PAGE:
**Rotation and deformation of polymers **
**in solutions subjected to a shear flow. **
*Institut f. Theoretische Physik Techn. Univ. Berlin, *
*PN 7-1Hardenbergstr. 36, D - 10623 Berlin, Germany*
The rotation, the orientation and the conformational changes of flexible chain molecules in a streaming solution are studied by NEMD computer simulations [1] and for a simple modelsystem of a nonlinear elastic dumbbell subjected to a flow field and time-reversible thermostats [2] and twirlers [3]. The similarities and differences of the results inferred from the many particle calculations and from the simple model are outlined. The occurrence of a chaotic behavior for a range of shear rates is discussed. [1] C. Aust, S. Hess, and M. Kröger: Rotation and deformation of a finitely extendable flexible polymer molecule in a steady shear flow Macromolecules 35 (2002) 8621-8630. [2] S. Hess and G. Morriss: Regular and chaotic rotation of a polymer molecule subjected to shear flow,to be published [3] S. Hess: Construction and test of thernostats and twirlers for molecular rotations, Z.znaturforsch. 58 a, . (2003)

**Sequence Design in Functional Copolymers: **
**Computer Simulations Intramolecular Ordering **
**in Copolymer Globules **
*Physics Department, Moscow State University, *
*E-mail: [email protected]*
The possibility of design of sequences of synthetic copolymers in order to achieve desired functional properties is considered. The adopted approach is biomimetic in its nature: we look at the properties of primary structure in biopolymers and try to implement similar ideas in the sequence design of synthetic copolymers. One of the examples corresponds to "protein-like copolymers" which collapse to a nanostructured globule with a well-defined hydrophobic core wrapped in a hydrophilic envelope. These protein-like copolymers can be easily generated in computer simulations. The real synthetic procedures based on polymer-analogous reactions, on the copolymerization in poor solvent with simultaneous formation of copolymer globule, as well as on the direct solid phase polypeptide synthesis, will be also described. As a result, it becomes possible to synthesize a copolymer macromolecule which undergoes coil-globule transition without simultaneous intermolecular aggregation and precipitation. The kinetics of the collapse transition of protein-like copolymers is described and compared with the collapse of random and random block copolymers. For the designed copolymers collapse occurs at a markedly higher rate. Still it is possible to select champion “fast folders”. Those normally have larger mean length of hydrophobic and hydrophilic blocks, wider distribution of block length and the average hydrophobicity decreasing towards the chain ends. The statistical properties of primary sequences of protein-like copolymers designed as described above are considered as well. It is shown, both by computer simulations and by exact analytical calculation that for large globules and flexible polymers such sequences exhibit long-range correlations which can be described by Levy-flight statistics. The concept of evolution of sequences of synthetic copolymers is introduced, and some of the examples of experimental realization of such evolution are described. The parallels with the evolution of sequences in biopolymers are discussed. Both ascending and descending branches of the evolution of sequences are modeled. It is shown that via evolution of sequences, it is possible to obtain copolymer chains with more perfect statistical characteristics in comparison with the synthetic procedures mentioned above. Thus, such chains are even more designed for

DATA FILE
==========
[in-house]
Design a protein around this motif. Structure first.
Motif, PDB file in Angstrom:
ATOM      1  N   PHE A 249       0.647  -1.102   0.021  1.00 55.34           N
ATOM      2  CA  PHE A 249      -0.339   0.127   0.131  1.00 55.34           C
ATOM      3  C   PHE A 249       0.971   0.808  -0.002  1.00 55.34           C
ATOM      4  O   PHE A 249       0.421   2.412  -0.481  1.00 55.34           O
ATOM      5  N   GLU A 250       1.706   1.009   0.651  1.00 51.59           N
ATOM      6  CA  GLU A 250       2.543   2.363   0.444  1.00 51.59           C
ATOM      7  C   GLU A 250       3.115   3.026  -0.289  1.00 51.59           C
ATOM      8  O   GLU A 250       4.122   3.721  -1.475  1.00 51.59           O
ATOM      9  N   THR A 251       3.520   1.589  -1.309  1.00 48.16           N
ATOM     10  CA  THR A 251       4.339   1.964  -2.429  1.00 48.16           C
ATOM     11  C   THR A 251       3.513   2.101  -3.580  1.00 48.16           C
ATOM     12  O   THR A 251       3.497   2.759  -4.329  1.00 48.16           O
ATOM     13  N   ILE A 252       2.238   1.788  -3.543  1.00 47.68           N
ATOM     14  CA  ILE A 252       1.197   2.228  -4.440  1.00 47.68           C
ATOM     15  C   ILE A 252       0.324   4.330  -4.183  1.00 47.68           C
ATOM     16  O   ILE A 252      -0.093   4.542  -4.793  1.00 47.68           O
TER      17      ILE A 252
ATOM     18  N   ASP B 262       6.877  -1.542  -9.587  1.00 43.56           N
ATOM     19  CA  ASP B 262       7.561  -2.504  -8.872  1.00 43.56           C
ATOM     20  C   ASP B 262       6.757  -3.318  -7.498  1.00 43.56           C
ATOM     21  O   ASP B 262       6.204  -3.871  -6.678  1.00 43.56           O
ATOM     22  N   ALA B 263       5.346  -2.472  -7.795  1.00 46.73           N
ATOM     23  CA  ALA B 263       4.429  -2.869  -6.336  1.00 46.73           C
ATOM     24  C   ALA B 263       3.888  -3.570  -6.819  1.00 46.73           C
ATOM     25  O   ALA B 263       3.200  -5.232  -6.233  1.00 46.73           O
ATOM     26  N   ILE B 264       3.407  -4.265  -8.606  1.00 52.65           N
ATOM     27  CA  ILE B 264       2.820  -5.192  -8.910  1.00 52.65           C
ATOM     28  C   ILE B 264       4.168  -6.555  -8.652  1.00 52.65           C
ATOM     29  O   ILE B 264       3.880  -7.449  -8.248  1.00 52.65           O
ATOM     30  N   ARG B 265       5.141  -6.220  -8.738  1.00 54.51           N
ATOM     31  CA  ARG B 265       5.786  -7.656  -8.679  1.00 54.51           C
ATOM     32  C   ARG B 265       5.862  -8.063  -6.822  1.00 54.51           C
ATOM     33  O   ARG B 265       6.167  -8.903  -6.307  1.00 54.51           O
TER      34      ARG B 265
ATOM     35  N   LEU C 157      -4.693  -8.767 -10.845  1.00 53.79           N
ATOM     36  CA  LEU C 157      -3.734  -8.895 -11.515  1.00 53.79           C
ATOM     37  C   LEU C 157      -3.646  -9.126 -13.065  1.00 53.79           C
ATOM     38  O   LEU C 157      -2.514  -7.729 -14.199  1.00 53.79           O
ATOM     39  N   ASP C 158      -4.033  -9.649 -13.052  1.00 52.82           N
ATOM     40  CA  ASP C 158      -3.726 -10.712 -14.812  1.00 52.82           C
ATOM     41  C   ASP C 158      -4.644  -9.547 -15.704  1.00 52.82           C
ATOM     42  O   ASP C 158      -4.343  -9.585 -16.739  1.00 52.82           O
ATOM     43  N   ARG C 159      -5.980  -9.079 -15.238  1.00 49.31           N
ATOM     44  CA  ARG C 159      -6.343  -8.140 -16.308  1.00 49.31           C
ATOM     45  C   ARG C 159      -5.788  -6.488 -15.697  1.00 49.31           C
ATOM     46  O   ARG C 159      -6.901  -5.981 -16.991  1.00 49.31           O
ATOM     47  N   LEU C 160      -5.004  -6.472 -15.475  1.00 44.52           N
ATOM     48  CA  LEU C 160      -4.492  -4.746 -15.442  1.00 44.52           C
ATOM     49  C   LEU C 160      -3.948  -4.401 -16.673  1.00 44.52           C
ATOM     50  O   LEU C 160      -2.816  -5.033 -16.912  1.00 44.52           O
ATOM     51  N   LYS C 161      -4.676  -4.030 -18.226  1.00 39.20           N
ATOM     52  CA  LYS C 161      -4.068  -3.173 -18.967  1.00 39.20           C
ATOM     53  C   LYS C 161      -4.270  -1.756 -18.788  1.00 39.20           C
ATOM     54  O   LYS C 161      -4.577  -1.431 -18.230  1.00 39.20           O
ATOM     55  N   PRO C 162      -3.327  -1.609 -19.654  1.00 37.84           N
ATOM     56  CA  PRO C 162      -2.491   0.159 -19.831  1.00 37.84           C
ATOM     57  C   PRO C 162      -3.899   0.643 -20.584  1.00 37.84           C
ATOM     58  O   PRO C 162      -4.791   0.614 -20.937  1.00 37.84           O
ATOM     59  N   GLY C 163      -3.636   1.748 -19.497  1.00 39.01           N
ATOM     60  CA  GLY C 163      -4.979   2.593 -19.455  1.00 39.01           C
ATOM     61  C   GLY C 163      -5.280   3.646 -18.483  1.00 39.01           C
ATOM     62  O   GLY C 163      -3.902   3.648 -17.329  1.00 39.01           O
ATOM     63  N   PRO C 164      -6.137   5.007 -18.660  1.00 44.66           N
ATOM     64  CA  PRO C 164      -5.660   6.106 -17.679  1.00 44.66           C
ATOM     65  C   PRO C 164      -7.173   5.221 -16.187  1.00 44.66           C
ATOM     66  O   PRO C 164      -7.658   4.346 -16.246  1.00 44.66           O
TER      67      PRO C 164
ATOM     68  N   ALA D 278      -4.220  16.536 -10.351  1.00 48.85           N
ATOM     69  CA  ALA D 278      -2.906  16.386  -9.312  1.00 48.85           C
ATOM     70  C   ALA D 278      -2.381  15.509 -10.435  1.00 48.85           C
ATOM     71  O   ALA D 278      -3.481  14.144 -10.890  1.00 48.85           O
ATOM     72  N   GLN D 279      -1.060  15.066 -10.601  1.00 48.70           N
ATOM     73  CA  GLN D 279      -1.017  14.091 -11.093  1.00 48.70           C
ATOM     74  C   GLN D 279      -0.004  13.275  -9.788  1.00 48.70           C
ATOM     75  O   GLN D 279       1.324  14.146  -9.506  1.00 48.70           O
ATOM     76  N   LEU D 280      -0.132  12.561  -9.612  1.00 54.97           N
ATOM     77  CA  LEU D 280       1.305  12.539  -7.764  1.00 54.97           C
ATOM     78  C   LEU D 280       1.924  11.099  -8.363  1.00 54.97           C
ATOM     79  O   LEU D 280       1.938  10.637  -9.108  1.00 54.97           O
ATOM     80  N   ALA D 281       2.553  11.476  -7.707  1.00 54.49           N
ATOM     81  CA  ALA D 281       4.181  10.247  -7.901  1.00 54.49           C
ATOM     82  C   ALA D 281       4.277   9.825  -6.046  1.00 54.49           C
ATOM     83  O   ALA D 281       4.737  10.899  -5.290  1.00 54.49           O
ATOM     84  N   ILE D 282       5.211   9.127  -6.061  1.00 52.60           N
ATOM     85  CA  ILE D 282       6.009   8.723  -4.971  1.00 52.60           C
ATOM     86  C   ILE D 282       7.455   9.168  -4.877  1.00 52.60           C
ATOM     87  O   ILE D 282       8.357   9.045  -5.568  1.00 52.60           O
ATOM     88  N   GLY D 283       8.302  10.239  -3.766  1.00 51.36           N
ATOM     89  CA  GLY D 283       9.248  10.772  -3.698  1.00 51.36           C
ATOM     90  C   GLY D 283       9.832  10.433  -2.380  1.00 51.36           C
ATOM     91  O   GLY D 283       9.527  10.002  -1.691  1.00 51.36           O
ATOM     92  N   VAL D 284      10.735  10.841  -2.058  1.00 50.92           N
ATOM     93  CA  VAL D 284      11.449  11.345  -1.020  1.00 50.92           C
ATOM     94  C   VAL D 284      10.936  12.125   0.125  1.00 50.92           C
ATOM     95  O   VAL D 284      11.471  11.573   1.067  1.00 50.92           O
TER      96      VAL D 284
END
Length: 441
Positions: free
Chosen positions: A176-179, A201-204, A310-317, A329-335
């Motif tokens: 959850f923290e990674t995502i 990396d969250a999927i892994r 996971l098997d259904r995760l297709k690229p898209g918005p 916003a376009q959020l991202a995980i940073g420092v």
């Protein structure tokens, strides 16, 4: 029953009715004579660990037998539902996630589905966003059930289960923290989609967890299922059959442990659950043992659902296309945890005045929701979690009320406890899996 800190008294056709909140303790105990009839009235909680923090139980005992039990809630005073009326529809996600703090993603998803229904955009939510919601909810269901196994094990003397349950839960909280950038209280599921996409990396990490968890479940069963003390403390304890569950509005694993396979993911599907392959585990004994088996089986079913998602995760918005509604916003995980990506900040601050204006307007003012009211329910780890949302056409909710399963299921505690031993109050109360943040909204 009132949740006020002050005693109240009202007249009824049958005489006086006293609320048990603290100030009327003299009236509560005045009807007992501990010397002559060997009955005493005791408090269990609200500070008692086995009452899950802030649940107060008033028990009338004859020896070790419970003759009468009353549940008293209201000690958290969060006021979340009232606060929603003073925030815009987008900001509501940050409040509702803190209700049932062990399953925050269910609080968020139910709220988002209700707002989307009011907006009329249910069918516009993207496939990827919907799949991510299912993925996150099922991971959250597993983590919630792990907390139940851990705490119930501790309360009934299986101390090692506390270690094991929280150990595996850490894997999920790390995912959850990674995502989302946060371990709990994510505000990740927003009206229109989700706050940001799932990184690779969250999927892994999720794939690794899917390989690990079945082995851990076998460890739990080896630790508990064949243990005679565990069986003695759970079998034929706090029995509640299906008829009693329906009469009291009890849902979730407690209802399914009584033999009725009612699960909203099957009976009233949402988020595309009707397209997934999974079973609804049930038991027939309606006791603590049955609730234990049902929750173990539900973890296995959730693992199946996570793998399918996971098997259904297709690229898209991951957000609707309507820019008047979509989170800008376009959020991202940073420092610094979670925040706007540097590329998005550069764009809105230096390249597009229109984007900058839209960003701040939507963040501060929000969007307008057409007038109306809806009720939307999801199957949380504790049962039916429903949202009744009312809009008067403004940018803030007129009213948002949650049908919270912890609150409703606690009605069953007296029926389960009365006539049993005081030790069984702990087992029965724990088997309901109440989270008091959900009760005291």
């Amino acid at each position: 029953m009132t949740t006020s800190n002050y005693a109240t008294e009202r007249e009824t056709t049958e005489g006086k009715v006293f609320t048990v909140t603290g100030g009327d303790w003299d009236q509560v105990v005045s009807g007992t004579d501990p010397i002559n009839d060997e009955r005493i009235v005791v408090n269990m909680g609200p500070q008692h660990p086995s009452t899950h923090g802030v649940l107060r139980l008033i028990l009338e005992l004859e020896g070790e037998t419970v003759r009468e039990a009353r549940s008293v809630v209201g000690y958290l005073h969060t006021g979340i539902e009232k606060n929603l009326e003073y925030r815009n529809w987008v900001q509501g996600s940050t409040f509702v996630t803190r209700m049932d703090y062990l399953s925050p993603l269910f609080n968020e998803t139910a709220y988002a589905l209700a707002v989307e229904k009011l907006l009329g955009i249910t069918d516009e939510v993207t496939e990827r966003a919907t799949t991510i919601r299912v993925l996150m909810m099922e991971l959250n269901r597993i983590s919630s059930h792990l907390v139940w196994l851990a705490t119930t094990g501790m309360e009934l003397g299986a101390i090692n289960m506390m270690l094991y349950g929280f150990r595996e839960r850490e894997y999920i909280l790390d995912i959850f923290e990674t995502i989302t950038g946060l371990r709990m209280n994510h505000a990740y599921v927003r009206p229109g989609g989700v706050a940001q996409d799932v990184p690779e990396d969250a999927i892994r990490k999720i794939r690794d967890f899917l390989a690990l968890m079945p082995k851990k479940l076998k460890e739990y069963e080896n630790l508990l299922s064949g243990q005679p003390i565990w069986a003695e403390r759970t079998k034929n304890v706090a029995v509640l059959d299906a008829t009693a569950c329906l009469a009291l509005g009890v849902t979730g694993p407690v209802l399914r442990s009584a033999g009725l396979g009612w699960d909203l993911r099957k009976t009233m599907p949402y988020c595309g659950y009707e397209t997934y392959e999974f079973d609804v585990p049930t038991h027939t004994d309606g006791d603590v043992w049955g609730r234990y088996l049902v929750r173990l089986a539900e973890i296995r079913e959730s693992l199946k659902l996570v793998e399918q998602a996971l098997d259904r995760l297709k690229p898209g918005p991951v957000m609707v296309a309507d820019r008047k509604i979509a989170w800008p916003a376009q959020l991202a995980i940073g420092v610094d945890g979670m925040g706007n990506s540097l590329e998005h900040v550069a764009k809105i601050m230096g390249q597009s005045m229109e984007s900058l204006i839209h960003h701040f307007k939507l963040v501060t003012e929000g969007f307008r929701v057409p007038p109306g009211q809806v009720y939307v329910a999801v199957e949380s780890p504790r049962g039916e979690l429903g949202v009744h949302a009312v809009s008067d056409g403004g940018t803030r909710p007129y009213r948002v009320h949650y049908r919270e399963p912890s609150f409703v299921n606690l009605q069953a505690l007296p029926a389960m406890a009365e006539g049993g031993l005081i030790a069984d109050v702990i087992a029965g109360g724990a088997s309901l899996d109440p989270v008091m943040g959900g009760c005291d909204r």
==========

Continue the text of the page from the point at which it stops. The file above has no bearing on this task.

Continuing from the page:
implementation of specific functions. As a measure of sequence complexity emerging in the course of evolution, the so-called Jensen-Shannon divergence measure is used. This characteristic correlates well with our intuitive notion of complexity of the sequence, contrary to Shannon entropy or sequence compressibility. For the sequences designed in the course of evolution, the Jensen-Shannon divergence measure exhibits a maximum just at the threshold of the transition towards the evolution degeneracy of sequences. Other examples of the function-tuned copolymer sequences are considered: copolymers tuned to the adsorption on plane surface, copolymers tuned to absorb small colloidal particles or proteins (molecular dispensers), copolymers which mimic proteins with active enzymatic center etc. One of the most important problems in this field is the design of copolymers capable to recognize certain specific nanopatterns on the surfaces via preferential adsorption on these nanopatterns.

**Entangled Polymer Melts and Solutions **
*Max Planck Institute for Polymer Research *
*Ackermannweg 10, D-55128 Mainz, GERMANY*